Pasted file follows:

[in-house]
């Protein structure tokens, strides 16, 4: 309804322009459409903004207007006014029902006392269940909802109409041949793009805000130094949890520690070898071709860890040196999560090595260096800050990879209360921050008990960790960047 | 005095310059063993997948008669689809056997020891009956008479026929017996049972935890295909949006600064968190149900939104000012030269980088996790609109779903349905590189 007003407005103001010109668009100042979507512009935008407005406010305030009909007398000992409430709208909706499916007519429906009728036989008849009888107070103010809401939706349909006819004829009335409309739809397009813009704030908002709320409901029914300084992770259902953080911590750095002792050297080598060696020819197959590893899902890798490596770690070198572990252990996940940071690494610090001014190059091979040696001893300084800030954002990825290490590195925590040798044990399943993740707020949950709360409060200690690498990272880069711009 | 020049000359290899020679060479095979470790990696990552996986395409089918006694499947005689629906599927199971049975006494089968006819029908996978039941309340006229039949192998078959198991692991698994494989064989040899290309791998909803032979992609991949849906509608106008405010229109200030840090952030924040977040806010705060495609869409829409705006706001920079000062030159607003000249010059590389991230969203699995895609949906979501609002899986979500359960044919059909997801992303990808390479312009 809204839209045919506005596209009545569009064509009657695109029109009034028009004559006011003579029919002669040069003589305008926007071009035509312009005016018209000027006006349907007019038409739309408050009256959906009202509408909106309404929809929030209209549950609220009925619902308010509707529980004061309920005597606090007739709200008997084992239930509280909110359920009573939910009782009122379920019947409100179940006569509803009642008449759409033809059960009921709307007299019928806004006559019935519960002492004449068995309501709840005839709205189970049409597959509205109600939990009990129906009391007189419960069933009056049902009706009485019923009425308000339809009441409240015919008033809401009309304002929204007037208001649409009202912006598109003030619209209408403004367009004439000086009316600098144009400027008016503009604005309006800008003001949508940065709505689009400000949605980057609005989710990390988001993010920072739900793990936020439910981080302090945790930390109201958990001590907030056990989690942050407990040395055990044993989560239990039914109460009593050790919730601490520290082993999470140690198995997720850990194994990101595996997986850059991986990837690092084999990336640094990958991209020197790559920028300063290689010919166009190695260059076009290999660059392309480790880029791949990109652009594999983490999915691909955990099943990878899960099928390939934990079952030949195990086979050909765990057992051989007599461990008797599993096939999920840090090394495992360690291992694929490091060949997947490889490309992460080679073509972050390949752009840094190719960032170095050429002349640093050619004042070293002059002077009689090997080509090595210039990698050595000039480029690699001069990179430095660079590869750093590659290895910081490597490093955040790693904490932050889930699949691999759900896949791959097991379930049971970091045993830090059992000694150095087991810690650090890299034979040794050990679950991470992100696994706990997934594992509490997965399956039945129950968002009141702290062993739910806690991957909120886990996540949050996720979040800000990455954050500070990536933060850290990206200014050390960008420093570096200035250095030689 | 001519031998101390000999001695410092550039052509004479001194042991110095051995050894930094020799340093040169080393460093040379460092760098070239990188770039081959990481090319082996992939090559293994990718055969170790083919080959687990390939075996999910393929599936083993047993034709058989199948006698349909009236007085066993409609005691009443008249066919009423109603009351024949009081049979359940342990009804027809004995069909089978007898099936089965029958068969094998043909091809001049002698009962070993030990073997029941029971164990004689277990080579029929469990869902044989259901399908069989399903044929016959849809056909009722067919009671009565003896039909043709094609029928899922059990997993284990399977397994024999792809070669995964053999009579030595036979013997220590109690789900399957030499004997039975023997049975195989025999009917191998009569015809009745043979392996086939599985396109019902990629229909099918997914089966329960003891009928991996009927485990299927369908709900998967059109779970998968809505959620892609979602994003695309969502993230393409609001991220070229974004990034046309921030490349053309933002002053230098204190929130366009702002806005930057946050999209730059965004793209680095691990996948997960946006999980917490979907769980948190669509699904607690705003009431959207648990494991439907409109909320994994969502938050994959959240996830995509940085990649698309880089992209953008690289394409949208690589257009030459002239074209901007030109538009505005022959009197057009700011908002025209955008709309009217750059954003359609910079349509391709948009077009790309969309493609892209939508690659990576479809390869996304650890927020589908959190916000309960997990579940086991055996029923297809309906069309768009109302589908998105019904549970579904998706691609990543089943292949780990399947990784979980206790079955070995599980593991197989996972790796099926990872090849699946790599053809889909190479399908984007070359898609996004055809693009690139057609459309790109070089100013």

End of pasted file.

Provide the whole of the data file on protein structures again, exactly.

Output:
[in-house]
């Protein structure tokens, strides 16, 4: 309804322009459409903004207007006014029902006392269940909802109409041949793009805000130094949890520690070898071709860890040196999560090595260096800050990879209360921050008990960790960047 | 005095310059063993997948008669689809056997020891009956008479026929017996049972935890295909949006600064968190149900939104000012030269980088996790609109779903349905590189 007003407005103001010109668009100042979507512009935008407005406010305030009909007398000992409430709208909706499916007519429906009728036989008849009888107070103010809401939706349909006819004829009335409309739809397009813009704030908002709320409901029914300084992770259902953080911590750095002792050297080598060696020819197959590893899902890798490596770690070198572990252990996940940071690494610090001014190059091979040696001893300084800030954002990825290490590195925590040798044990399943993740707020949950709360409060200690690498990272880069711009 | 020049000359290899020679060479095979470790990696990552996986395409089918006694499947005689629906599927199971049975006494089968006819029908996978039941309340006229039949192998078959198991692991698994494989064989040899290309791998909803032979992609991949849906509608106008405010229109200030840090952030924040977040806010705060495609869409829409705006706001920079000062030159607003000249010059590389991230969203699995895609949906979501609002899986979500359960044919059909997801992303990808390479312009 809204839209045919506005596209009545569009064509009657695109029109009034028009004559006011003579029919002669040069003589305008926007071009035509312009005016018209000027006006349907007019038409739309408050009256959906009202509408909106309404929809929030209209549950609220009925619902308010509707529980004061309920005597606090007739709200008997084992239930509280909110359920009573939910009782009122379920019947409100179940006569509803009642008449759409033809059960009921709307007299019928806004006559019935519960002492004449068995309501709840005839709205189970049409597959509205109600939990009990129906009391007189419960069933009056049902009706009485019923009425308000339809009441409240015919008033809401009309304002929204007037208001649409009202912006598109003030619209209408403004367009004439000086009316600098144009400027008016503009604005309006800008003001949508940065709505689009400000949605980057609005989710990390988001993010920072739900793990936020439910981080302090945790930390109201958990001590907030056990989690942050407990040395055990044993989560239990039914109460009593050790919730601490520290082993999470140690198995997720850990194994990101595996997986850059991986990837690092084999990336640094990958991209020197790559920028300063290689010919166009190695260059076009290999660059392309480790880029791949990109652009594999983490999915691909955990099943990878899960099928390939934990079952030949195990086979050909765990057992051989007599461990008797599993096939999920840090090394495992360690291992694929490091060949997947490889490309992460080679073509972050390949752009840094190719960032170095050429002349640093050619004042070293002059002077009689090997080509090595210039990698050595000039480029690699001069990179430095660079590869750093590659290895910081490597490093955040790693904490932050889930699949691999759900896949791959097991379930049971970091045993830090059992000694150095087991810690650090890299034979040794050990679950991470992100696994706990997934594992509490997965399956039945129950968002009141702290062993739910806690991957909120886990996540949050996720979040800000990455954050500070990536933060850290990206200014050390960008420093570096200035250095030689 | 001519031998101390000999001695410092550039052509004479001194042991110095051995050894930094020799340093040169080393460093040379460092760098070239990188770039081959990481090319082996992939090559293994990718055969170790083919080959687990390939075996999910393929599936083993047993034709058989199948006698349909009236007085066993409609005691009443008249066919009423109603009351024949009081049979359940342990009804027809004995069909089978007898099936089965029958068969094998043909091809001049002698009962070993030990073997029941029971164990004689277990080579029929469990869902044989259901399908069989399903044929016959849809056909009722067919009671009565003896039909043709094609029928899922059990997993284990399977397994024999792809070669995964053999009579030595036979013997220590109690789900399957030499004997039975023997049975195989025999009917191998009569015809009745043979392996086939599985396109019902990629229909099918997914089966329960003891009928991996009927485990299927369908709900998967059109779970998968809505959620892609979602994003695309969502993230393409609001991220070229974004990034046309921030490349053309933002002053230098204190929130366009702002806005930057946050999209730059965004793209680095691990996948997960946006999980917490979907769980948190669509699904607690705003009431959207648990494991439907409109909320994994969502938050994959959240996830995509940085990649698309880089992209953008690289394409949208690589257009030459002239074209901007030109538009505005022959009197057009700011908002025209955008709309009217750059954003359609910079349509391709948009077009790309969309493609892209939508690659990576479809390869996304650890927020589908959190916000309960997990579940086991055996029923297809309906069309768009109302589908998105019904549970579904998706691609990543089943292949780990399947990784979980206790079955070995599980593991197989996972790796099926990872090849699946790599053809889909190479399908984007070359898609996004055809693009690139057609459309790109070089100013």